Pike Judge-Executive Ray Jones took time during the June 10 meeting of the Pike County Fiscal Court to defend the court’s work and ask that people be reasonable and have realistic expectations of what the court can do.
“We’re making progress for this county, but I’m asking for the people to be reasonable,” he said.
Jones said the county has received a lot of criticism. In some cases, he said, the criticism has come over things that are not within the court’s control.
“We’re going to live within our means, we’re going to do things with the revenue we have coming in, we’re going to spend the taxpayers’ money wisely and efficiently,” he said. “But I want to address some of these issues … because this expectation of instant service is not reasonable in light of the financial and logistical hurdles that this county is facing.”
Jones said that one issue raised recently is that of the closure of the marina at Fishtrap Lake, which is the result of a decision by the federal government and not something within the court’s control.
“Every year for three years now we have cleaned that lake up better than it has been cleaned up in many years,” he said.
However, Jones said, the marina has fallen into disrepair and the U.S. Army Corps of Engineers, which is responsible for the lake, ordered it shut down.
“We learned that the marina had been shut down by the order of the Army Corps of Engineers,” he said. “The Corps of Engineers took us out on a boat and took us around the marina … Large parts of the structure of the marina were washed out into the middle of the lake. Other parts were washed up next to the dam and spillway in the pile of garbage that was being removed by the Corps and the fiscal court.”
The existing marina, Jones said, is unsafe, with boards rotted and numerous other problems, which has prompted the Corps of Engineers to order the existing marina owners to remove the marina.
The Corps, he said, will be issuing a bid for the construction of a new marina. The process, Jones said, is outside the control of the Pike County Fiscal Court.
Jones said the court has also been taking heat over the changes in driver’s licensing, with the Pike Circuit Court Clerk’s Office no longer being able to issue driver’s licenses and, instead, with the licensing being done from a regional office.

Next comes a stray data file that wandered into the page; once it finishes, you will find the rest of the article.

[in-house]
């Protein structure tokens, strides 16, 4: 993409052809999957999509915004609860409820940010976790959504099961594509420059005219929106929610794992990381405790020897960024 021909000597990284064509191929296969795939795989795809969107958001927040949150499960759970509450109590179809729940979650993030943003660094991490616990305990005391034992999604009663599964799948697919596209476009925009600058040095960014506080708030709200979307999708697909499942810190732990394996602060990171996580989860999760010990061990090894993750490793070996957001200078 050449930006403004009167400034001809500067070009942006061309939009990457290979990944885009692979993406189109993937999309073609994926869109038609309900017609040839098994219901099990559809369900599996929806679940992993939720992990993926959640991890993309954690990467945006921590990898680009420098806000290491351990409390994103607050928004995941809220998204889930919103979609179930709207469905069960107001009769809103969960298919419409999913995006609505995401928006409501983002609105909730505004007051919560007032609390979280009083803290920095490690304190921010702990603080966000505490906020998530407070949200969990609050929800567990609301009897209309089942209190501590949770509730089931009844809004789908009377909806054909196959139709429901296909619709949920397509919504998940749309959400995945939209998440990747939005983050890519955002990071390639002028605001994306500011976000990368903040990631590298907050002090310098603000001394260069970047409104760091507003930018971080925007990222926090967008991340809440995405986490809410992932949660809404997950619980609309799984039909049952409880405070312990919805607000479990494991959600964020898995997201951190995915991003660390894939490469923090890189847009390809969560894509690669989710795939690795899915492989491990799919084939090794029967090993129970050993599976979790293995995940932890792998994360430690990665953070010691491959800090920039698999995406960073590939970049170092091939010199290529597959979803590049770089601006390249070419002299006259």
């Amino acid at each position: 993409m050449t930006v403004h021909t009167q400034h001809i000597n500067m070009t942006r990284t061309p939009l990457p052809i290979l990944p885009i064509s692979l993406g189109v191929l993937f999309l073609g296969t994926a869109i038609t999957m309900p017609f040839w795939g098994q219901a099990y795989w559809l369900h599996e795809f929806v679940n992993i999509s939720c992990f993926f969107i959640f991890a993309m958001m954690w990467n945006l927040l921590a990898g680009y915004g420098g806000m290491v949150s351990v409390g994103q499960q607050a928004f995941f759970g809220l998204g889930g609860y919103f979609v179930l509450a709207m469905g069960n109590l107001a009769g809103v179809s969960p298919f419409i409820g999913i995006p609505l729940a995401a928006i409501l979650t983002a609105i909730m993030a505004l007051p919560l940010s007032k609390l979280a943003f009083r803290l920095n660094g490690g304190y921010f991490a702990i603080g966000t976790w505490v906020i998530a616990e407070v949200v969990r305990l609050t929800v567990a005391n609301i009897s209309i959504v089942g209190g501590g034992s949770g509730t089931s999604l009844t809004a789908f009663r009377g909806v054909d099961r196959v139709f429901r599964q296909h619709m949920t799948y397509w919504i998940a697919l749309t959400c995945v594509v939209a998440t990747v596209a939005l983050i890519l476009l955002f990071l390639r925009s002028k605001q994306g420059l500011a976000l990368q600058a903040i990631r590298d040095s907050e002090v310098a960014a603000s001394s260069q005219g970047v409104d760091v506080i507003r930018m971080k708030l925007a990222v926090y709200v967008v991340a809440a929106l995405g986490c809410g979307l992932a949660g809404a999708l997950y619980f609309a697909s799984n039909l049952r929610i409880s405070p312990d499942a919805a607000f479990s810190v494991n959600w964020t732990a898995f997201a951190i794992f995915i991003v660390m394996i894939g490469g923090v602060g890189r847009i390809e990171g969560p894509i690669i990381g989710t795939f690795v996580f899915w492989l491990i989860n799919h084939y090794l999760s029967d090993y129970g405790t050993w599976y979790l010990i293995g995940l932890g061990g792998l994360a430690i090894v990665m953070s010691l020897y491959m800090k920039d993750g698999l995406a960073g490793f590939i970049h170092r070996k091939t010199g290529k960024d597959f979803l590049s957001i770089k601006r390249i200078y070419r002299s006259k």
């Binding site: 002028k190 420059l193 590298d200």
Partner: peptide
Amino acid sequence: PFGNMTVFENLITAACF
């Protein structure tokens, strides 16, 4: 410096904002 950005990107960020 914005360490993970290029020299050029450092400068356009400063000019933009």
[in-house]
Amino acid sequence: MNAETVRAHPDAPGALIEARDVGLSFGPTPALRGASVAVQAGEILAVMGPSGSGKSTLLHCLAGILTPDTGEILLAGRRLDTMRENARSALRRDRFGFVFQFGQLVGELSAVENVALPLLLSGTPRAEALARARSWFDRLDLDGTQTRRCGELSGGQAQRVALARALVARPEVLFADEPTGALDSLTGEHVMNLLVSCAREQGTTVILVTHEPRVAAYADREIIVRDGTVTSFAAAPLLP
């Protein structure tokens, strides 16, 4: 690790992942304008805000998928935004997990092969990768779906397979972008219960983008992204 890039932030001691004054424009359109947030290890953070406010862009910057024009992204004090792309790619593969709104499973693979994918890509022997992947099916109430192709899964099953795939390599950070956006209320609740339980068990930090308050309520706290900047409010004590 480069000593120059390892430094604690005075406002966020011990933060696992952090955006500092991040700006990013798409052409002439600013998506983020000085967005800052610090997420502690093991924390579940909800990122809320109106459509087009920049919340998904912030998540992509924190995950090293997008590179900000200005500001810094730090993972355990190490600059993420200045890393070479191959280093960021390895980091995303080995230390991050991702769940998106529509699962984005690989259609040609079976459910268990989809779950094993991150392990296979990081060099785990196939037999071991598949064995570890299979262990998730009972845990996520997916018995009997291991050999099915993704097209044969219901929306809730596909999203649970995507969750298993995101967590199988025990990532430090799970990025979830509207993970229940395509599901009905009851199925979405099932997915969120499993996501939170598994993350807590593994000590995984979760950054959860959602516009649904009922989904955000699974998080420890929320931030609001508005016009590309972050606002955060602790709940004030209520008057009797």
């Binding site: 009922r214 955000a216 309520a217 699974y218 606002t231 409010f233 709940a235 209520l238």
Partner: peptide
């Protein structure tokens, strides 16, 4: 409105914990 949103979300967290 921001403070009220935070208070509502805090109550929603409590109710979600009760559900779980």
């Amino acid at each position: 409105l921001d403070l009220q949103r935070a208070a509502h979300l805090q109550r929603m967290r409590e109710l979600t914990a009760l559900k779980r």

Jones said that issue stems from the REAL ID Act, which requires a new licensure process in order to increase the safety of travel in the United States, post Sept. 11, 2001.
Because of that change, he said, the driver’s licensing was moved from the state’s circuit court clerks to the state Transportation Cabinet. And an impact is that the licensing is now being done from regional offices.
“Right now, the regional office that will serve Pike County will be in Prestonsburg,” he said.
Jones said the issue is out of the fiscal court’s control but he has had discussions with Gov. Andy Beshear’s administration about the issue.
“There are things we can address at the fiscal court level,” he said. “There are things we have no authority to address.”
Jones said broadband is one of those issues. A study conducted by the court, he said, found that it would cost $150 million to run broadband throughout Pike County. Aside from that cost, broadband expansion is a daunting task for a county like Pike.
“We are trying to do something moving forward,” he said.
A decade ago, Jones said, the the county was collecting roughly $12 million more in coal severance than the current court is collecting. Despite that, he said, the court is attempting to work on establishing a new industrial park at Wolfpit, conduct infrastructure projects, establish ATV trails and more.
Jones, however, pledged that, despite the county’s revenue and infrastructure needs, there will be no tax increases implemented to make that up.
“Your taxes are not going to be raised by the Pike Fiscal Court next year,” he said.
Each of the county’s commissioners also backed up what Jones was saying, with Commissioner Brian Booth also saying, however, that he has heard from several people in recent days who appreciate what the county has done.